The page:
This Week in Sex is a weekly summary of news and research related to sexual behavior, sexuality education, contraception, STIs, and more.
Filming May Shut Down Yet Again for Porn Stars
As the year draws to a close, lights may once again go dark on adult film sets across the country. For the third time this year, producers are considering a voluntary pause in filming after a performer tested positive for HIV. The name and gender of the film star was not released, but this story is becoming all-too familiar.
In August, actress Cameron Bay triggered the first shutdown when she announced she had contracted HIV. Weeks later, her off-screen partner, Rod Daily, who is also an adult film star, said that he had also contracted the virus that causes AIDS. Daily’s positive test result did not affect the industry, however, as he was not on or scheduled to be on a shoot at the time. The second shutdown came in September, when an industry-affiliated doctor released positive HIV results from a performer who wished to remain anonymous. This most recent case was revealed at the beginning of December.
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All of this happened as advocates in the industry’s home city, Los Angeles, have been arguing for the mandatory use of condoms in adult films. As Rewire has reported, a county-wide rule has been passed and upheld in court, but it is unclear how and if it will be enforced. Efforts to pass a state law requiring condoms in adult films have failed. Michael Weinstein, president of the AIDS Healthcare Foundation, which has been pushing for condoms in films for many years, told the LA Times that this just proves how much we need such a rule: “Are we still going to be having this argument when there’s the 10th shutdown or 20th? Or the 50th infection?”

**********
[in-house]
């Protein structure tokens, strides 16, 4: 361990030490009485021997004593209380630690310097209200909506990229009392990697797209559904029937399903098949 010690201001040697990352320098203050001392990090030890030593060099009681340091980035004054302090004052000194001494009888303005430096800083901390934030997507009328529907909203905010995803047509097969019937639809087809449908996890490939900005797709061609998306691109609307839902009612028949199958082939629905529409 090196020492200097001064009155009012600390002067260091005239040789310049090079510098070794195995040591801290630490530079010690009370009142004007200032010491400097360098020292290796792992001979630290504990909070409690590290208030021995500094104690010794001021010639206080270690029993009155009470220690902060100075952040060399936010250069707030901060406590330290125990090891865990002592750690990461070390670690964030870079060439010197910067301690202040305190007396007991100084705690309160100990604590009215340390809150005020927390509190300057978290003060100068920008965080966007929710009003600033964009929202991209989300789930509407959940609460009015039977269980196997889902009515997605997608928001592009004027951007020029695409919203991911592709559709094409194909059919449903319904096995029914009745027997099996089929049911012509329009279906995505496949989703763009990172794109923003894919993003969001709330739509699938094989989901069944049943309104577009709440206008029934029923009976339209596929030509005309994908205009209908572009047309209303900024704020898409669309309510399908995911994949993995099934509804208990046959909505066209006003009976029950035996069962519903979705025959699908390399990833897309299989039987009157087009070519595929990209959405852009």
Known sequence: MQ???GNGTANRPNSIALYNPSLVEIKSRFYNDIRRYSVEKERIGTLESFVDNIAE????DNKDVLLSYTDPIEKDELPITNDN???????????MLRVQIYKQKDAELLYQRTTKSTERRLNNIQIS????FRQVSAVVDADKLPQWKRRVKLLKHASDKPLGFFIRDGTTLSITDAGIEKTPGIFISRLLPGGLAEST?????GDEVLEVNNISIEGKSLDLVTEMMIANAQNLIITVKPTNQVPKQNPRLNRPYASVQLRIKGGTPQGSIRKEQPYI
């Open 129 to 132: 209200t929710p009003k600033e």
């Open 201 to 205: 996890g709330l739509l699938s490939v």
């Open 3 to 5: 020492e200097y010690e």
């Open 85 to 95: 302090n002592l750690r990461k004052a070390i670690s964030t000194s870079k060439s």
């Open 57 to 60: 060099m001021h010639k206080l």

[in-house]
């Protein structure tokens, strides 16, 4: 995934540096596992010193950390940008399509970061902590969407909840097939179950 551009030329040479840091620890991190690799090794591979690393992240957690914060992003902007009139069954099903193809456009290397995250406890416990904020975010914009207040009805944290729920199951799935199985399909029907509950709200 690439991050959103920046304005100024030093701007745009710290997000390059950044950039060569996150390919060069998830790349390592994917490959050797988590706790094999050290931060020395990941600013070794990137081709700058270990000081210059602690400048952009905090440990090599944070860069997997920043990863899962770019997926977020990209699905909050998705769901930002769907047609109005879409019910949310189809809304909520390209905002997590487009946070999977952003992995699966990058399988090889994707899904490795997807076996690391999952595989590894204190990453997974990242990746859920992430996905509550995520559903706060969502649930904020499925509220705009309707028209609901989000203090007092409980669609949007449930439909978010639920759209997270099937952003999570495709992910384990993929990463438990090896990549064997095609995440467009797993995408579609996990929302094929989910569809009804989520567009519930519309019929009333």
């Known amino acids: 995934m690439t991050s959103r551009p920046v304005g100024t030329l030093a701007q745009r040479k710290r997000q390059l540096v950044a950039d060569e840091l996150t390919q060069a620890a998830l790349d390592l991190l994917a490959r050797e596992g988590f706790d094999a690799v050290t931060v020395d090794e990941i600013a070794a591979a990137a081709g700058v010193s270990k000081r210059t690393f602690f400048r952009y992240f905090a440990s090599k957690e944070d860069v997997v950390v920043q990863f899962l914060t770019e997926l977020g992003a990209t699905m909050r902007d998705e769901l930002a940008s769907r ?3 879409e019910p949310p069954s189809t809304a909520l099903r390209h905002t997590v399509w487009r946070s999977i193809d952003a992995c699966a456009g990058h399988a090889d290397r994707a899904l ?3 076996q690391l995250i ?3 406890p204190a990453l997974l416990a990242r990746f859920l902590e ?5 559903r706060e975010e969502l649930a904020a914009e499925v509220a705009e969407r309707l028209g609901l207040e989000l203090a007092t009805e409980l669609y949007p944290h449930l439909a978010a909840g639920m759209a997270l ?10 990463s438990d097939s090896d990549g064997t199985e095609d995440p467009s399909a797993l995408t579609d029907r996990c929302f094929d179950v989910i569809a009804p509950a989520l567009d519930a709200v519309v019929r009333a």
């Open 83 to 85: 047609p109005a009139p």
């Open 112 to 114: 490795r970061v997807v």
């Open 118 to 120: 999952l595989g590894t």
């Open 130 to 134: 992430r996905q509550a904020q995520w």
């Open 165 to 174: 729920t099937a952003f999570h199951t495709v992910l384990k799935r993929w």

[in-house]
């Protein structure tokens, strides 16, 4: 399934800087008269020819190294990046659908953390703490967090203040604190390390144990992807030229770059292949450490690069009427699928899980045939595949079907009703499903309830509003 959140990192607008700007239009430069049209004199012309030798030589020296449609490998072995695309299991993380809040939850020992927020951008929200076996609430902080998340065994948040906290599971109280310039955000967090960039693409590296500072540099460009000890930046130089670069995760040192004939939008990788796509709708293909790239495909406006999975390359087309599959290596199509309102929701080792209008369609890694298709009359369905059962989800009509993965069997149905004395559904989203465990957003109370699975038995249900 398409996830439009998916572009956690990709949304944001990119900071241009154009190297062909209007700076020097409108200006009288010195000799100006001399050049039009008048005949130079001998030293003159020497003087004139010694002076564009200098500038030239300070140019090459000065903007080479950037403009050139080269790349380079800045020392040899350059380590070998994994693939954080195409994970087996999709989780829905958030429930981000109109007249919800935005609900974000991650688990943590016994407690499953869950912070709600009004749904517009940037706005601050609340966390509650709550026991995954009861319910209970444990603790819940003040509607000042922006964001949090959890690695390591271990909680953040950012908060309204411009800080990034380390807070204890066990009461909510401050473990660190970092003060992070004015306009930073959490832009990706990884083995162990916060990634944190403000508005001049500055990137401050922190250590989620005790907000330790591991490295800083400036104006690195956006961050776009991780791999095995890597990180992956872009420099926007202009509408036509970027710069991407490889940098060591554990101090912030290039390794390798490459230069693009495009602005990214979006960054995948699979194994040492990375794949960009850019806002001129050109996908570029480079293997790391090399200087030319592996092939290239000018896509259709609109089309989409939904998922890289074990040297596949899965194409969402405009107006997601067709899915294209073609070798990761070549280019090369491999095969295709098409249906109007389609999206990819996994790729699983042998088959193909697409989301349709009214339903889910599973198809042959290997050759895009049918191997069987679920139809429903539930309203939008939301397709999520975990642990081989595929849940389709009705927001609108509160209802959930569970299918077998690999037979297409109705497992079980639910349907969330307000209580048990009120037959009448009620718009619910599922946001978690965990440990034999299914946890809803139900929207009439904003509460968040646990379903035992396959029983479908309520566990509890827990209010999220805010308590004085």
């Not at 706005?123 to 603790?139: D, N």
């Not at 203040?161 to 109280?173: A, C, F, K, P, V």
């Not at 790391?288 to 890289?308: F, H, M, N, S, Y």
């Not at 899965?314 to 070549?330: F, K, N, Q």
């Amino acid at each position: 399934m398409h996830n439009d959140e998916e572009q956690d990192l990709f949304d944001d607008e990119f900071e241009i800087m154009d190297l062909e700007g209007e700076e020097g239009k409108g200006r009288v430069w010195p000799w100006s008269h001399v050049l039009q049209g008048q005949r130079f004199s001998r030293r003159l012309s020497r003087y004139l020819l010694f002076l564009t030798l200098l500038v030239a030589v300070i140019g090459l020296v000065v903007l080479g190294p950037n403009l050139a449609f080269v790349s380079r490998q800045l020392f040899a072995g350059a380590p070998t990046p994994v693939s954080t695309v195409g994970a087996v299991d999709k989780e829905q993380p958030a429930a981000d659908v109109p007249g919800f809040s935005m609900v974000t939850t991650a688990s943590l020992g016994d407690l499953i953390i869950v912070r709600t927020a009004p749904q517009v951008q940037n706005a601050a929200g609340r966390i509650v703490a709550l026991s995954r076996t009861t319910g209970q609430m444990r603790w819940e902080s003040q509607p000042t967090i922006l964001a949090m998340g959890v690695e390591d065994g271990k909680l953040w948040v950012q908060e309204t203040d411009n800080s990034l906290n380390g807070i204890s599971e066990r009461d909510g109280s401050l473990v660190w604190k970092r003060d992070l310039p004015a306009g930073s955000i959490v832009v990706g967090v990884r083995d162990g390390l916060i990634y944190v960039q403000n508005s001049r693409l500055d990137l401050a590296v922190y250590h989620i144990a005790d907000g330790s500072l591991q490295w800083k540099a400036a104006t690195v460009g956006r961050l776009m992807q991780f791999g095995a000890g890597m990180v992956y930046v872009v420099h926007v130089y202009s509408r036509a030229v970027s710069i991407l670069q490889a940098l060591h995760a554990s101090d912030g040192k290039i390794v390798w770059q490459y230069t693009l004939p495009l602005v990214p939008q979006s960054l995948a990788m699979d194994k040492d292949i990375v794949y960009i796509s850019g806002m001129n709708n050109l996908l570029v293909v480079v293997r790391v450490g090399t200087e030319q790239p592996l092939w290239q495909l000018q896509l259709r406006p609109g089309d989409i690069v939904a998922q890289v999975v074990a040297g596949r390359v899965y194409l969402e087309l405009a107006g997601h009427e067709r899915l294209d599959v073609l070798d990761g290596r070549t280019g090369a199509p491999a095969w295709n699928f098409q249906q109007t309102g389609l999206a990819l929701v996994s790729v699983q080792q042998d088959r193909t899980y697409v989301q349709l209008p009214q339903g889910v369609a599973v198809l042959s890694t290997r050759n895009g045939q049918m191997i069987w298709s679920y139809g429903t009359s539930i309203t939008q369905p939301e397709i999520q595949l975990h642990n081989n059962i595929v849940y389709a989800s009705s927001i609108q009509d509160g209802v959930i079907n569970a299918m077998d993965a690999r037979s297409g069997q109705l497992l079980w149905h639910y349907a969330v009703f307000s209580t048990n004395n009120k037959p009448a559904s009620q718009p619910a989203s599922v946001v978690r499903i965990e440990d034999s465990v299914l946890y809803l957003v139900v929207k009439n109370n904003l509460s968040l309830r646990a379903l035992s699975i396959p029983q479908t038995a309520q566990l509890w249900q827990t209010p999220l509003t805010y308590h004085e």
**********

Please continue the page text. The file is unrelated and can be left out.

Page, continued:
Campaign Reminds UK Residents That They Don’t Want Chlamydia for Christmas
Sexual health advocates in the United Kingdom have launched a new campaign this week, cleverly named “Nobody Wants Chlamydia for Christmas.” The local campaign in the Blackpool area is aimed at those under the age of 25 and suggests testing for everyone, noting that chlamydia often has no symptoms and that when left untreated it can lead to pelvic inflammatory disease and, ultimately, infertility. Anji Stokes, the project lead, told the local press, “Christmas is a time for giving but we want to make sure this year that young people are not giving the unwanted gift of [c]hlamydia to their partners. Testing is so simple, you can visit your local sexual health clinic, GP or order the test kits online.” She added, “There are no downsides to testing as [c]hlamydia is treatable and if caught soon enough should not have any lasting impact on your health.”
According to the Centers for Disease Control and Prevention, chlamydia is more commonly reported than other sexually transmitted diseases in the United States, where an estimated 2.86 million cases of chlamydia occur each year. Chlamydia can be easily treated with antibiotics.
Women Underrepresented in Kids Movies